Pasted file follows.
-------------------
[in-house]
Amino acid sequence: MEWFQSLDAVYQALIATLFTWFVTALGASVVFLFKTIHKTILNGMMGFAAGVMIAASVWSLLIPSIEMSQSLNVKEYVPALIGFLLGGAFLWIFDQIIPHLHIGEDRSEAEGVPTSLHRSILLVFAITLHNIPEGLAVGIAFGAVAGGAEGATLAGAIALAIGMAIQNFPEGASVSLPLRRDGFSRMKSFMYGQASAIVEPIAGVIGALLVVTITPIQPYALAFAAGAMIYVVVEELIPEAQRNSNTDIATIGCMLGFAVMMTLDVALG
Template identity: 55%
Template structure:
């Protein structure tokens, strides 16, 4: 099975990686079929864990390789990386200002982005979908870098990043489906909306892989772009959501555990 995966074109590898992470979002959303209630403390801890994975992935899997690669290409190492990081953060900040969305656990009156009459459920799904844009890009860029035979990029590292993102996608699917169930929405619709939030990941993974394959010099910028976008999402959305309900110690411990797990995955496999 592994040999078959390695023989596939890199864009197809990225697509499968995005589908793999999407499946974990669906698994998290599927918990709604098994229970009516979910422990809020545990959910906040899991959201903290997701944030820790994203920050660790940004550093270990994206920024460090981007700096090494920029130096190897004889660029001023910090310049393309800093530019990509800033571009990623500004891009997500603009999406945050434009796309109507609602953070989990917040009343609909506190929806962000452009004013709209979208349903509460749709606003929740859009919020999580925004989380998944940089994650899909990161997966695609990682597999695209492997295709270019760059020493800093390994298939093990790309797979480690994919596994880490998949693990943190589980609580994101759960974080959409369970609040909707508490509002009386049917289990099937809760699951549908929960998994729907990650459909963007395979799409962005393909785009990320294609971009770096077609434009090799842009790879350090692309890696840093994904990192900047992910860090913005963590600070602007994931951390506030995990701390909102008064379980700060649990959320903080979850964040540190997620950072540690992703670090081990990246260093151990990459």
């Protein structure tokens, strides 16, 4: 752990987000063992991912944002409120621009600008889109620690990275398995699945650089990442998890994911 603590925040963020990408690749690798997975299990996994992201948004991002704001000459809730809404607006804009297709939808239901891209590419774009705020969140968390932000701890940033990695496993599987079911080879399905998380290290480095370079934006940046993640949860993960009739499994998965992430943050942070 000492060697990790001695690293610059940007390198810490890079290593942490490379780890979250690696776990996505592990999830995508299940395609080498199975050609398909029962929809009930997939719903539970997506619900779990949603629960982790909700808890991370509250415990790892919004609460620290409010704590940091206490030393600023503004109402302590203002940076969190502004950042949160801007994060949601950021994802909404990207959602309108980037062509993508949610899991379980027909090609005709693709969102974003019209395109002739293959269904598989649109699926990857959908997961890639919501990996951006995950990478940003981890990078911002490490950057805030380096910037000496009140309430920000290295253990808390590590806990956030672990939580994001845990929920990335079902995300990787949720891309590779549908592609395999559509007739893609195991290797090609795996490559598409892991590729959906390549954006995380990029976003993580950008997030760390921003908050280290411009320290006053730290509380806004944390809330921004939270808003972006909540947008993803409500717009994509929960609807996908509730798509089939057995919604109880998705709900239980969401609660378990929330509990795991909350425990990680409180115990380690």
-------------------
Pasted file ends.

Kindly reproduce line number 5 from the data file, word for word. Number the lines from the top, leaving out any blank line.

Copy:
């Protein structure tokens, strides 16, 4: 099975990686079929864990390789990386200002982005979908870098990043489906909306892989772009959501555990 995966074109590898992470979002959303209630403390801890994975992935899997690669290409190492990081953060900040969305656990009156009459459920799904844009890009860029035979990029590292993102996608699917169930929405619709939030990941993974394959010099910028976008999402959305309900110690411990797990995955496999 592994040999078959390695023989596939890199864009197809990225697509499968995005589908793999999407499946974990669906698994998290599927918990709604098994229970009516979910422990809020545990959910906040899991959201903290997701944030820790994203920050660790940004550093270990994206920024460090981007700096090494920029130096190897004889660029001023910090310049393309800093530019990509800033571009990623500004891009997500603009999406945050434009796309109507609602953070989990917040009343609909506190929806962000452009004013709209979208349903509460749709606003929740859009919020999580925004989380998944940089994650899909990161997966695609990682597999695209492997295709270019760059020493800093390994298939093990790309797979480690994919596994880490998949693990943190589980609580994101759960974080959409369970609040909707508490509002009386049917289990099937809760699951549908929960998994729907990650459909963007395979799409962005393909785009990320294609971009770096077609434009090799842009790879350090692309890696840093994904990192900047992910860090913005963590600070602007994931951390506030995990701390909102008064379980700060649990959320903080979850964040540190997620950072540690992703670090081990990246260093151990990459």